Please refer to this study by its ClinicalTrials.gov identifier: NCT01780402

Locations
United States, North Carolina
Rex Apex Recruiting
Apex, North Carolina, United States, 27502
Contact: Melissa Aselage    910-471-7477    melissa.aselage@duke.edu   
Carolina Meadows Recruiting
Chapel Hill, North Carolina, United States, 27517
Contact: Melissa Aselage    910-471-7477    melissa.aselage@duke.edu   
Croasdaile Recruiting
Durham, North Carolina, United States, 27705
Contact: Melissa Aselage    919-471-7477    melissa.aselage@duke.edu   
Hillcrest Recruiting
Durham, North Carolina, United States, 27705
Contact: Melissa Aselage    910-471-7477    melissa.aselage@duke.edu   
Pettigrew Recruiting
Durham, North Carolina, United States, 27705
Contact: Melissa Aselage    910-471-7477    melissa.aselage@duke.edu   
Treyburn Recruiting
Durham, North Carolina, United States, 27712
Contact: Melissa Aselage    910-471-7477    melissa.aselage@duke.edu   
Carver Living Center Recruiting
Durham, North Carolina, United States, 27704
Contact: Melissa Aselage    910-471-7477    melissa.aselage@duke.edu   
Wilmington Health & Rehabilitation Center Recruiting
Wilmington, North Carolina, United States, 28401
Contact: Melissa Aselage    910-471-7477    melissa.aselage@duke.edu   
Davis Health Care Center Recruiting
Wilmington, North Carolina, United States, 28411
Contact: Melissa Aselage    910-471-7477    melissa.aselage@duke.edu   
Kindred Cypress Pointe Recruiting
Wilmington, North Carolina, United States, 28401
Contact: Melissa Aselage    910-471-7477    melissa.aselage@duke.edu   
Liberty Commons Nursing Center Recruiting
Wilmington, North Carolina, United States, 28403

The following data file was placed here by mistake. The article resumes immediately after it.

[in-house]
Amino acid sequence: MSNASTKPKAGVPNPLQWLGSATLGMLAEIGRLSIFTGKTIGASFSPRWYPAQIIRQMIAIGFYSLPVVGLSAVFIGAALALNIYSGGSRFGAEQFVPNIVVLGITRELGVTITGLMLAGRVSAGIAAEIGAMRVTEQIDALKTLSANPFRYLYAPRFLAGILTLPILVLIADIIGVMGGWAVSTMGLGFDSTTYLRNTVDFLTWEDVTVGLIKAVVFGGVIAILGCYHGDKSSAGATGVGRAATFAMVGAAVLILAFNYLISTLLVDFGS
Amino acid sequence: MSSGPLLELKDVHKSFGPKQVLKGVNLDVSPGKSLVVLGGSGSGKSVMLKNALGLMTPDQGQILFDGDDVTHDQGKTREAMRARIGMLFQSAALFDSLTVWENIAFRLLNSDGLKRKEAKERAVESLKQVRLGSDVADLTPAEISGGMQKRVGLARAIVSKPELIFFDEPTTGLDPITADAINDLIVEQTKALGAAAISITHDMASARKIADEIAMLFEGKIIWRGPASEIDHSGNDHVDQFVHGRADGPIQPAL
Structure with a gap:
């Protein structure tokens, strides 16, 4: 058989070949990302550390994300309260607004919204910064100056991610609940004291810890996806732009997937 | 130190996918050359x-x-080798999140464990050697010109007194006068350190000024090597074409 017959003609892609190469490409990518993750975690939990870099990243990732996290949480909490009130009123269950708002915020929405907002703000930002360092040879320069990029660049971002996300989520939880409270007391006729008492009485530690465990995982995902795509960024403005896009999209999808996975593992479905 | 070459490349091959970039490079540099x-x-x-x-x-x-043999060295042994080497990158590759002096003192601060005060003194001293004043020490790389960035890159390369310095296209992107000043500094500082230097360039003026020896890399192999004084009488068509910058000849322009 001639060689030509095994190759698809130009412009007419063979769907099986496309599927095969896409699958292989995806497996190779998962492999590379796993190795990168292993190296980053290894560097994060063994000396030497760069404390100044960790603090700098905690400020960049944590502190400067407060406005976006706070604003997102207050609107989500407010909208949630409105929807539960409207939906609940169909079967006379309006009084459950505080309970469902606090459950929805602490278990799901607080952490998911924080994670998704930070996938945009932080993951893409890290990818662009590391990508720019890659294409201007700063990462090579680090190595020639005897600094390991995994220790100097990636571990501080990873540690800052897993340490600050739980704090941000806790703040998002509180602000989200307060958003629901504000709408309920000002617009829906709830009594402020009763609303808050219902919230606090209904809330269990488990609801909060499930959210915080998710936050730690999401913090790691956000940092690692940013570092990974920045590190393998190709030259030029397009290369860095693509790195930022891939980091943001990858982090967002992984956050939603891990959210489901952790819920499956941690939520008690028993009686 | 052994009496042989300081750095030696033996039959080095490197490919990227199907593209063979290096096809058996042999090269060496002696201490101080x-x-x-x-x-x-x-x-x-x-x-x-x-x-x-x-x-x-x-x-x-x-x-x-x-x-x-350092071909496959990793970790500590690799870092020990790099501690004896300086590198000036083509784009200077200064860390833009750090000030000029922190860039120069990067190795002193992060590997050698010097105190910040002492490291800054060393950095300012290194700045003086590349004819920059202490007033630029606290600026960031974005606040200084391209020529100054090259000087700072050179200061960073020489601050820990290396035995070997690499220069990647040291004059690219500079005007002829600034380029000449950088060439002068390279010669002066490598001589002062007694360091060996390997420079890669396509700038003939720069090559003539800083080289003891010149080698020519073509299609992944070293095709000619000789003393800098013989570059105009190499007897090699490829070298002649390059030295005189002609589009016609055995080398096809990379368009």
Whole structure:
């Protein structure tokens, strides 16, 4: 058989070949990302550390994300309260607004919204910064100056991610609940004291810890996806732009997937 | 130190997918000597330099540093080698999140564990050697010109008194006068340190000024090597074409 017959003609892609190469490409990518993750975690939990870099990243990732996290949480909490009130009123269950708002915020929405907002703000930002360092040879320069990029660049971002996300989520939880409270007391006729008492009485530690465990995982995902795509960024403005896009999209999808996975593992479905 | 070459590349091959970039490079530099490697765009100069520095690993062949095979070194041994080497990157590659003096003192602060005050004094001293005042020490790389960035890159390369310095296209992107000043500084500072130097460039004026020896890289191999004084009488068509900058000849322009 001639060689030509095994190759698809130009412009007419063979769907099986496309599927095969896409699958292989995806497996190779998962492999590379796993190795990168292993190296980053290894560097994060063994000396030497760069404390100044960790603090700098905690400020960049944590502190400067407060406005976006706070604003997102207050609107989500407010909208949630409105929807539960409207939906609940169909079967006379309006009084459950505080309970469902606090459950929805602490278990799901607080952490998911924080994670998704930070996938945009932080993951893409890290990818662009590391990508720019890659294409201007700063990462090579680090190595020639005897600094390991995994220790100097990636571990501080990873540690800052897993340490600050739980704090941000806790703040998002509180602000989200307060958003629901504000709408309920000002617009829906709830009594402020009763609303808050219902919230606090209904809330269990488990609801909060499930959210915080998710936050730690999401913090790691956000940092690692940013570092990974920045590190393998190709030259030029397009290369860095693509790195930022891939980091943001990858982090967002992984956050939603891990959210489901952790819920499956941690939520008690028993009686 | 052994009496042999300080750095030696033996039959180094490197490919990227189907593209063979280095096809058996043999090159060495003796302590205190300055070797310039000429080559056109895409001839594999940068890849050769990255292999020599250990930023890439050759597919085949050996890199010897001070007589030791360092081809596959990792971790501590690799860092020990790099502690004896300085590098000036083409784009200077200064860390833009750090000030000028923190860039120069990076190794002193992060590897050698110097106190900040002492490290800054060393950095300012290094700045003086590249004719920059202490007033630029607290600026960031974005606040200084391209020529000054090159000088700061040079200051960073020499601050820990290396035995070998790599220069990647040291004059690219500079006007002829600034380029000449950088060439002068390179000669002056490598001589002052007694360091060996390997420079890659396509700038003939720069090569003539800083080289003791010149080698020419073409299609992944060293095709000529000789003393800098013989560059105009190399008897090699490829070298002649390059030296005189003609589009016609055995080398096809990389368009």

Contact: Melissa Aselage    910-471-7477    melissa.aselage@duke.edu   
Sponsors and Collaborators
Duke University
The John A. Hartford Foundation
Investigators
Principal Investigator: Melissa B Aselage, PhD, RN, FNP Duke University School of Nursing
Study Chair: Ruth Anderson, PhD, RN, FAAN Duke University School of Nursing
Study Chair: Elaine J Amella, PhD, RN, FAAN Medical University of South Carolina
  More Information

No publications provided

Responsible Party: Duke University
ClinicalTrials.gov Identifier: NCT01780402     History of Changes
Other Study ID Numbers: Pro00035130
Study First Received: January 29, 2013
Last Updated: July 18, 2014
Health Authority: United States: Institutional Review Board

Keywords provided by Duke University:
feeding difficulty
eating difficulty
dementia
nursing home
careful hand feeding

Additional relevant MeSH terms:
Dementia
Brain Diseases
Central Nervous System Diseases
Delirium, Dementia, Amnestic, Cognitive Disorders
Mental Disorders
Nervous System Diseases

ClinicalTrials.gov processed this record on November 27, 2014